Multiple times a day, every day, Canadians head into their kitchens to prepare food for their families.
While Canadians often don’t give a second thought to where that food comes from, there are farmers who work the fields everyday ensuring that Canadians have food to eat.
According to County of Paintearth assistant agriculture field man Trevor Kerr, the perception is that farming as a profession “is inherently dangerous,” however that doesn’t have to be case, particularly where agricultural chemicals are concerned.
Kerr notes that agricultural chemicals go through extensive testing on human and environmental safety before they are approved for use, the research often times taking as long as a decade and costing up to $10 million dollars.
“Despite the rigorous testing, there’s no reason to ignore the label,” said Kerr.
The label on an agricultural-chemical container is a legal document and outlines what safety precautions need to be be taken when using them.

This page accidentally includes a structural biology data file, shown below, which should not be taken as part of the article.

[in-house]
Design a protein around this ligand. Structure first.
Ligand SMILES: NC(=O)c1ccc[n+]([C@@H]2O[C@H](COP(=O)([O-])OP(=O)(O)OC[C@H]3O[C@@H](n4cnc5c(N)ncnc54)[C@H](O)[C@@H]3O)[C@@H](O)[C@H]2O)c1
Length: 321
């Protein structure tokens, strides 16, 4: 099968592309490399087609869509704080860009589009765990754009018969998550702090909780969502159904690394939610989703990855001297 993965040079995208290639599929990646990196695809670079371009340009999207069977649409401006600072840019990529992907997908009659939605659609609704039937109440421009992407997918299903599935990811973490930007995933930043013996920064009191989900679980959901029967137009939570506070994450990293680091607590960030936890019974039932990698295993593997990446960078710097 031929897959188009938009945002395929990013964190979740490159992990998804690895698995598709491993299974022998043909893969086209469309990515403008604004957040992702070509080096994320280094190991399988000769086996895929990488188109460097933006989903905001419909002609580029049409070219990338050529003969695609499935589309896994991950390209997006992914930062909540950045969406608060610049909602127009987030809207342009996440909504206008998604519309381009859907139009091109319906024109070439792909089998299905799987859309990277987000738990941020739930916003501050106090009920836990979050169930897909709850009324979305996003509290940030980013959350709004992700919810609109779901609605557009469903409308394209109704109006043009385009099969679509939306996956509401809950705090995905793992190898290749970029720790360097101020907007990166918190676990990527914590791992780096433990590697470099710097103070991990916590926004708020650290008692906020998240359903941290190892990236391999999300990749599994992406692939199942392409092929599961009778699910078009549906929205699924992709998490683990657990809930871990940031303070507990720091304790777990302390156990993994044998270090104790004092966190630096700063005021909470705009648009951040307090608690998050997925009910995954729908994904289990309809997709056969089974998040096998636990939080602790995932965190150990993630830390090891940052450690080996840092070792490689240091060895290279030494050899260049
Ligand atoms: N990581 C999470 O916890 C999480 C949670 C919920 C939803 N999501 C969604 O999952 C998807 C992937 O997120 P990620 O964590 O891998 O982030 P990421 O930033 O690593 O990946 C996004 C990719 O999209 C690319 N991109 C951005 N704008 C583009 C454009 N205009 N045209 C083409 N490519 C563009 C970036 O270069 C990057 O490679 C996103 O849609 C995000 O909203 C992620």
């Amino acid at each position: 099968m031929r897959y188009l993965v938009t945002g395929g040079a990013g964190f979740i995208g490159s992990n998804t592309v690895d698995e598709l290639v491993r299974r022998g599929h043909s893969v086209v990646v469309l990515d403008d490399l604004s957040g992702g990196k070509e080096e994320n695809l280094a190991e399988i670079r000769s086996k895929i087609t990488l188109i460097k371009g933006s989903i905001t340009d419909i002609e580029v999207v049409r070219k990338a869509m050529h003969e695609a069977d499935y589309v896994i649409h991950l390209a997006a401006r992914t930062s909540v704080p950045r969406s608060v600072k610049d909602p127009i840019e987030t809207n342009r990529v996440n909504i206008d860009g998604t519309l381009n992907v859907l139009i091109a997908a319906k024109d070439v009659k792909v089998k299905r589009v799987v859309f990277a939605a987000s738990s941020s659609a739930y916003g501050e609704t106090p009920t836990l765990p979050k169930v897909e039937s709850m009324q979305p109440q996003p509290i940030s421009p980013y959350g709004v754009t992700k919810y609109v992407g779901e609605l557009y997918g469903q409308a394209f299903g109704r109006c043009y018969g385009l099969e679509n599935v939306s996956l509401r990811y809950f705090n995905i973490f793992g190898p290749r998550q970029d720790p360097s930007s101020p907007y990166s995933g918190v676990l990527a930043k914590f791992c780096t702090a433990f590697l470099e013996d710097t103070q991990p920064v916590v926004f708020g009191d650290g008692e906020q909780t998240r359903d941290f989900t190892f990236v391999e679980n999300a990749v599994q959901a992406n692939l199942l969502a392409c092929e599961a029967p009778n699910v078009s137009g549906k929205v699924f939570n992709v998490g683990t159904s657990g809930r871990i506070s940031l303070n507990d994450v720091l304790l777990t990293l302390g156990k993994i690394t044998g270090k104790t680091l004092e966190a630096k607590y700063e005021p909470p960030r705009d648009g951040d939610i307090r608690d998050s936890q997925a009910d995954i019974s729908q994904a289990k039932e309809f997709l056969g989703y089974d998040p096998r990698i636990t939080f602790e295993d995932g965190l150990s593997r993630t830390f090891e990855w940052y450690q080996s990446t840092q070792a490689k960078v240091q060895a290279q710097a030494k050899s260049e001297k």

“The label has the day-to-day usage requirements,” said Kerr.
Good rules to follow when dealing with chemicals is ensuring adequate ventilation when mixing and loading, wearing a face-shield, respirator, gloves or other personal protective equipment (PPE) as appropriate.
Depending on the age of your farm machinery, this could include wearing a respirator in the cab if it doesn’t have a cabin air filter, according to Kerr.
Because most of the chemicals used on the farm are easily absorbed through the skin, “gloves are one of the most basic safety rules,” said Kerr.
In the case of a chemical spill or fire, appropriate information for handling the emergency can be found in the product’s accompanying Material Safety Data Sheets (MSDS).